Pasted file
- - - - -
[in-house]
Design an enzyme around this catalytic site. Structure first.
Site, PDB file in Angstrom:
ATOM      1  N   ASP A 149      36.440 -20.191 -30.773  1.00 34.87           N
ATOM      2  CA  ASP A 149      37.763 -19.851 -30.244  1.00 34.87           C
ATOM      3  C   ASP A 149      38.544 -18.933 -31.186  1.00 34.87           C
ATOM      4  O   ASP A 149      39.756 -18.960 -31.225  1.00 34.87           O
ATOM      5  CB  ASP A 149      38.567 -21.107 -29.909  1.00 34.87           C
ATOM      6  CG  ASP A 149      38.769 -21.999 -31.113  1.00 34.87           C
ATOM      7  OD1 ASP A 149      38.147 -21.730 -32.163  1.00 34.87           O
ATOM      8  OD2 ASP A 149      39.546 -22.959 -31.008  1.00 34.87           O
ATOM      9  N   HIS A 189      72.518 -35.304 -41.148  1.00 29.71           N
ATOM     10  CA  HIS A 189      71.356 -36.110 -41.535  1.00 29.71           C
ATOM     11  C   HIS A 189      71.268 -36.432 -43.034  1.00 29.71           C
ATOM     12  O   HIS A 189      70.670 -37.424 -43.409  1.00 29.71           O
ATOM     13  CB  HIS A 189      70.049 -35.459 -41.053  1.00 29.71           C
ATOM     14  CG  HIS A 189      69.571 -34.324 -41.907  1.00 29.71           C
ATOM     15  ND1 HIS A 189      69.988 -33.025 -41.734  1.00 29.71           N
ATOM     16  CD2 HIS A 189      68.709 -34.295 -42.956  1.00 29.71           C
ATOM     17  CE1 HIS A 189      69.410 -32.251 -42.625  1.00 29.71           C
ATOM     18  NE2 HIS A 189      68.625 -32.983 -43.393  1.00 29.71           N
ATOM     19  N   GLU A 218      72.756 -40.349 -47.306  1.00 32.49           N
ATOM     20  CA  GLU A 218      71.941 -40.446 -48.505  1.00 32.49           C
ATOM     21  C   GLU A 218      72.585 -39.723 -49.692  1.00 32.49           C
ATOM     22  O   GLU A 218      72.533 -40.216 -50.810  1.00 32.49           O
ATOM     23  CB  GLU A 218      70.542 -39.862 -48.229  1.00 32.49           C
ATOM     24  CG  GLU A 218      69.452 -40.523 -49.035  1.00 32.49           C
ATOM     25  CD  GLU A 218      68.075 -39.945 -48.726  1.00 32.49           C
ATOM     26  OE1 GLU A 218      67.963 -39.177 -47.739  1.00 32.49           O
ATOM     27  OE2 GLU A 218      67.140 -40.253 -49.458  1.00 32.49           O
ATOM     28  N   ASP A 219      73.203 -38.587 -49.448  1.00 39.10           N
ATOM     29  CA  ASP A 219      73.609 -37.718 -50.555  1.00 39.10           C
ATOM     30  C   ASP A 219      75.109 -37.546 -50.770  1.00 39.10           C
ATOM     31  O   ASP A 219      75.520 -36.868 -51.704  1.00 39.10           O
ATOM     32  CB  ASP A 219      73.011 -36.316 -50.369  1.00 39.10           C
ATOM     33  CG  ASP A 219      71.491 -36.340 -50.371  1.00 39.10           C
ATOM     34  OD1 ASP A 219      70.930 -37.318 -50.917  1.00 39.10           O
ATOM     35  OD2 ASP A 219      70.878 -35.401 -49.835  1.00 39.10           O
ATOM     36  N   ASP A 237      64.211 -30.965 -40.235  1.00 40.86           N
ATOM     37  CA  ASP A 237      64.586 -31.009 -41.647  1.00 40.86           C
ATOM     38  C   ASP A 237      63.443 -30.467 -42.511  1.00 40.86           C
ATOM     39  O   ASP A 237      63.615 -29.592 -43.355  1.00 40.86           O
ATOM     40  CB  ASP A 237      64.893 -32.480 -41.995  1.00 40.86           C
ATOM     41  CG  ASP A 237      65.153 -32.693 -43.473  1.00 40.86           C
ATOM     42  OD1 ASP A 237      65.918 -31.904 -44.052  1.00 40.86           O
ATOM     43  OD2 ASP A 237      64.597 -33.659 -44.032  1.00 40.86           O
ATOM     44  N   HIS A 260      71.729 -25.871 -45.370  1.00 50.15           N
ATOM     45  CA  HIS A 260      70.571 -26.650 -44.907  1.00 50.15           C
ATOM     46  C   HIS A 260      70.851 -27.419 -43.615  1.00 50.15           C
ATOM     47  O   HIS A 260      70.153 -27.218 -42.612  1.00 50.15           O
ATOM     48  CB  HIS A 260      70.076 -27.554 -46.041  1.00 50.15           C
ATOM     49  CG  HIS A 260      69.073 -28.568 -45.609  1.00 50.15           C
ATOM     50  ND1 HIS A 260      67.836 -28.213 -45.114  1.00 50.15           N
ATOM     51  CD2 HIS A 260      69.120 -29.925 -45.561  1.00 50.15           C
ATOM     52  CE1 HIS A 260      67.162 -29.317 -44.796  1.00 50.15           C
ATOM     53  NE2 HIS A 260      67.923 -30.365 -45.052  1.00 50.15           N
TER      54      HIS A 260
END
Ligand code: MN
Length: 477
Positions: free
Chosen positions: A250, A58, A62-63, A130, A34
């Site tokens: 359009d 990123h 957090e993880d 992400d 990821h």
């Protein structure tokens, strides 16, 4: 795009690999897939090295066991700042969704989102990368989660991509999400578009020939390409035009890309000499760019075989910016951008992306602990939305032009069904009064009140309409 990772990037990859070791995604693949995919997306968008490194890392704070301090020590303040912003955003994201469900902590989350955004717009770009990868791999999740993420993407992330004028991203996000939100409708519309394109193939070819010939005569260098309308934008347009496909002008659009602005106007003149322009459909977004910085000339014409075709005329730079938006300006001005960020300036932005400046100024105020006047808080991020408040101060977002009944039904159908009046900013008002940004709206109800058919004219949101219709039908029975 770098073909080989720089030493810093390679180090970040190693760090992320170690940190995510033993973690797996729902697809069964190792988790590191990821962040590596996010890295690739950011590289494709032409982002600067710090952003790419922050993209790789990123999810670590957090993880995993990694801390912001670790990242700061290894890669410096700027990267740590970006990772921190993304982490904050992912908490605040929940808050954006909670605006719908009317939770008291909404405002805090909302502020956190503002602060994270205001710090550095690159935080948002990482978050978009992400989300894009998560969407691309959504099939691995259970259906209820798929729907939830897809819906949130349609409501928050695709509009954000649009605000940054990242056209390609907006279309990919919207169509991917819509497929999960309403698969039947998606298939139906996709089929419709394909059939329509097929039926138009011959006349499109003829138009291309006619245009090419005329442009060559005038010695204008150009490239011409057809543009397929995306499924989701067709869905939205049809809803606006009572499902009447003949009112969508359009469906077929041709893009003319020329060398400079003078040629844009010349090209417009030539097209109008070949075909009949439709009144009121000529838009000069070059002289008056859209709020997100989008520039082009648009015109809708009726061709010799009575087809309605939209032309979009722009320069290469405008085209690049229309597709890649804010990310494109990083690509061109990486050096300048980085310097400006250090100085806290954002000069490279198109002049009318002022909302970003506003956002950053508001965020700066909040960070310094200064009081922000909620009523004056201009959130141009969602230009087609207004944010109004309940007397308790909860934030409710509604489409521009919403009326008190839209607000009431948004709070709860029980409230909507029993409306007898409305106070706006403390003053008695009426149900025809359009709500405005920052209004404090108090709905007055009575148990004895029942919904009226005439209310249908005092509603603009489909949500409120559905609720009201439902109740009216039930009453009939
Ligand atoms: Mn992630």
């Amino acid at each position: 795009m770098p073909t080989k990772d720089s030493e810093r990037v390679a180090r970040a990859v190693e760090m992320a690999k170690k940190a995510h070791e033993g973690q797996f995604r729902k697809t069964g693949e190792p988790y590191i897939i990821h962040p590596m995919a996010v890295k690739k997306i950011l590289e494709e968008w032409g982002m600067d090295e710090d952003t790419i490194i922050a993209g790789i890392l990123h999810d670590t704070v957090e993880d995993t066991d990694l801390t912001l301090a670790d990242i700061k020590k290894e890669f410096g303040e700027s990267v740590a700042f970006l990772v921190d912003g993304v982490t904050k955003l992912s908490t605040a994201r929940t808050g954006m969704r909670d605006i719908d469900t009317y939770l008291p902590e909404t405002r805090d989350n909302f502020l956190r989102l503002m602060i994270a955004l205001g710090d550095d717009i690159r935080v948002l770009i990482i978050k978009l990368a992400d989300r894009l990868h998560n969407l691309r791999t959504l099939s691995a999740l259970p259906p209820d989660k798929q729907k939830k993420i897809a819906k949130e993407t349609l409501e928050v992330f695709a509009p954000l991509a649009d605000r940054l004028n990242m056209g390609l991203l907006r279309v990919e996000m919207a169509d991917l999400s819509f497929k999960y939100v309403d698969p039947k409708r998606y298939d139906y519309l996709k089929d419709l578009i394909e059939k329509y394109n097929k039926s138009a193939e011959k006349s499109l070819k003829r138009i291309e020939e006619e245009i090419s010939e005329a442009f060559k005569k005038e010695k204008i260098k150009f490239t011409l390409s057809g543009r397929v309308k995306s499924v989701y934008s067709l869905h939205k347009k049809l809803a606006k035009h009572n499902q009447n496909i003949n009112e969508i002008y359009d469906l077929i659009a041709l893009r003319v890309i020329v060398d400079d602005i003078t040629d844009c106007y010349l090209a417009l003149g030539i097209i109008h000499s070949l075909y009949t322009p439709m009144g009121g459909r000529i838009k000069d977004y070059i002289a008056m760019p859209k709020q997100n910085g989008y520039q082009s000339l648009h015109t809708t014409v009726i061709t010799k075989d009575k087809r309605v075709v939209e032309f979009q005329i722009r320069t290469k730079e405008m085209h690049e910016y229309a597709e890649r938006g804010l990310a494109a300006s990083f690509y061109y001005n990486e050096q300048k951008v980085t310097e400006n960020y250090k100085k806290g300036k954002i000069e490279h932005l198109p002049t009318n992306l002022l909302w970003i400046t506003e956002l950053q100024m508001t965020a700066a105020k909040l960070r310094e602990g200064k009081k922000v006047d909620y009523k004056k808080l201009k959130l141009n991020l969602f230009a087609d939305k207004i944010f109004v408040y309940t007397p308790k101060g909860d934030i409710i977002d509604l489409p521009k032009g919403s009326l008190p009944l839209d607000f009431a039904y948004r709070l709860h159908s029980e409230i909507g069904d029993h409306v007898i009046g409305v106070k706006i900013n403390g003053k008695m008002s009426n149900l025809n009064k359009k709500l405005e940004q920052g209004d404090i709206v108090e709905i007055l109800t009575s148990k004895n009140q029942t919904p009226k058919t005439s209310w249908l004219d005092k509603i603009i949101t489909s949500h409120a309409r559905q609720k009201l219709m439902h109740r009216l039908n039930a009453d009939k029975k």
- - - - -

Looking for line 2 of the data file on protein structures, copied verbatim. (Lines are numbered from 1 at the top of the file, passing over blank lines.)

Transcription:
Design an enzyme around this catalytic site. Structure first.